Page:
In the 1920’s the US transitioned into a consumer driven economy. Today, consumer spending is roughly 66% of all the money that flows through the US economy (GDP). When consumers have “confidence” they are more likely to take on debt, spend and invest, which in turn supports corporate profits, government tax income and inflation. In addition, we’re told that consumer spending that will save the economy.

But data shows there is a manufacturing recession, a service sector slowdown and rising prices. And now, consumer spending on “building materials, online purchases and especially automobiles” declined dramatically in September. Is this a sign that the consumer credit cards are tapped out? And if so, what does that mean to me?

It means that central banks and governments will have to step in and print more fiat money, which destroys the miniscule purchasing power value remaining in the US dollar. That’s what we work for, use as our tool of barter and attempt to save for use in the future. In other words, it means your current and future standard of living is in jeopardy because all central bankers have left is hyperinflation.

Interestingly, for most people the current “outlook for rising prices is at a fresh 40-year low while core and median CPI are at decade highs”, meaning that the fed is losing credibility and with that, the required confidence to keep this fiat game going.

And lest you think this is only a US issue, the IMF (International Monetary Fund) just said that they expect 90 percent of the world to slow which threatens consumer confidence in the financial markets. In fact, people have been shifting money out of the stock funds and into Money Market Mutual Funds, which is a key liquidity provider in the global financial system. Is that out the frying pan and into the fire?

Because, in mid-September the Repo market, which is typically funded by money market mutual funds, froze. To hide this, at this writing, the Federal Reserve has pumped $200 billion in new money into the Repo markets and promised hundreds of billions more. In addition, the Fed has restarted treasury bill buying to the tune of $60 billion per month until AT LEAST Q2 2020. Good thing the economy is doing so well!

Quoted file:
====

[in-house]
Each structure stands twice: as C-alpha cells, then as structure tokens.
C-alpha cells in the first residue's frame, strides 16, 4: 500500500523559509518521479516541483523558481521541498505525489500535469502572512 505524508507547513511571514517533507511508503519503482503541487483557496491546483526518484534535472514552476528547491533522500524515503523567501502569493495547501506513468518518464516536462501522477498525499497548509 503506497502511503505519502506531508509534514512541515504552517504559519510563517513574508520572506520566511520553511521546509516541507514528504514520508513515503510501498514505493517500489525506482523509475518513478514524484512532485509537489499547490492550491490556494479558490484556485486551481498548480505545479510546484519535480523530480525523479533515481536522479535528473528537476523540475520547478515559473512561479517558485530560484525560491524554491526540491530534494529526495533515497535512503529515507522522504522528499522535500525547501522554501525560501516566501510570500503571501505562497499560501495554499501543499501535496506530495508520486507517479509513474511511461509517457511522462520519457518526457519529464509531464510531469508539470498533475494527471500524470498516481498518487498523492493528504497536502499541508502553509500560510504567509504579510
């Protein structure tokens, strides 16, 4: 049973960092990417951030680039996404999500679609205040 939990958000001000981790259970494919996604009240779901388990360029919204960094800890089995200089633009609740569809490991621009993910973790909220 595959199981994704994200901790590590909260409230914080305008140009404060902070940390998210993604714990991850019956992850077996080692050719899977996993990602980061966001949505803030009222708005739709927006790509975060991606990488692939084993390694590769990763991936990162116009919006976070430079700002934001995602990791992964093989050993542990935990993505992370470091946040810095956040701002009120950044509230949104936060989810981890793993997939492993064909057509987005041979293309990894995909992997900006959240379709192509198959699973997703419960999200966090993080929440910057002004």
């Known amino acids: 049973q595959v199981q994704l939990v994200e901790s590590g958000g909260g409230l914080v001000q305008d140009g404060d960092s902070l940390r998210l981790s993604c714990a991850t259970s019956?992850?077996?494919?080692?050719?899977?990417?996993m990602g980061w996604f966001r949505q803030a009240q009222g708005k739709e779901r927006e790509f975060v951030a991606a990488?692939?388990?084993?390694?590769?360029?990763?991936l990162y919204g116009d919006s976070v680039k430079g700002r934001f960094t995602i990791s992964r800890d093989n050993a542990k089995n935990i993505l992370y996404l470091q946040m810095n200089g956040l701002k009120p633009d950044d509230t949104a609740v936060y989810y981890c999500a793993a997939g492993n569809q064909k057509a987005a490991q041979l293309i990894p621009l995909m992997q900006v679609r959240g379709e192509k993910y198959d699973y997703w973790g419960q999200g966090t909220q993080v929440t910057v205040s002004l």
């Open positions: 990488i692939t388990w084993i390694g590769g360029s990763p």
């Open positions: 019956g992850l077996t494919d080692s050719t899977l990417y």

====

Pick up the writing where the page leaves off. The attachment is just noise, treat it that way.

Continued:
Balance sheet expansion has begun. The problem is the diminishing impact of QE and the additional loss of confidence that is likely to ensue. What do you think would happen is there was a run on money market funds?

In 2008 the Reserve Primary Fund froze redemption’s. Do you think that can happen again? I do.

What can you do to protect yourself? Have real money in your possession, because that cannot be frozen.

Slides and Links:

https://www.cnbc.com/2019/10/16/us-retail-sales-september-2019.html

https://fred.stlouisfed.org/series/CUUR0000SA0R

https://www.imf.org/en/News/Articles/2019/10/03/sp100819-AMs2019-Curtain-Raiser#_ftn1

https://www.imf.org/en/News/Articles/2019/10/16/10162019-vitor-gaspar-press-conference-remarks

https://www.federalreserve.gov/monetarypolicy/bst_recenttrends.htm

https://www.cnbc.com/2019/10/12/investors-flock-to-money-markets-at-highest-rate-since-the-crisis.html?__twitter_impression=true&recirc=taboolainternal

https://www.bloomberg.com/news/articles/2019-10-14/korea-s-top-hedge-fund-freezes-more-redemptions-on-cash-crunch?srnd=fixed-income

https://www.cnbc.com/2019/10/15/star-uk-fund-manager-woodford-forced-to-close-embattled-flagship-fund.html

https://www.marketwatch.com/story/money-market-fund-breaks-the-buck-freezes-redemptions

 

YouTube Short Description:

Balance sheet expansion has begun. The problem is the diminishing impact of QE and the additional loss of confidence that is likely to ensue. What do you think would happen is there was a run on money market funds?

In 2008 the Reserve Primary Fund froze redemption’s. Do you think that can happen again? I do.

What can you do to protect yourself? Have real money in your possession, because that cannot be frozen.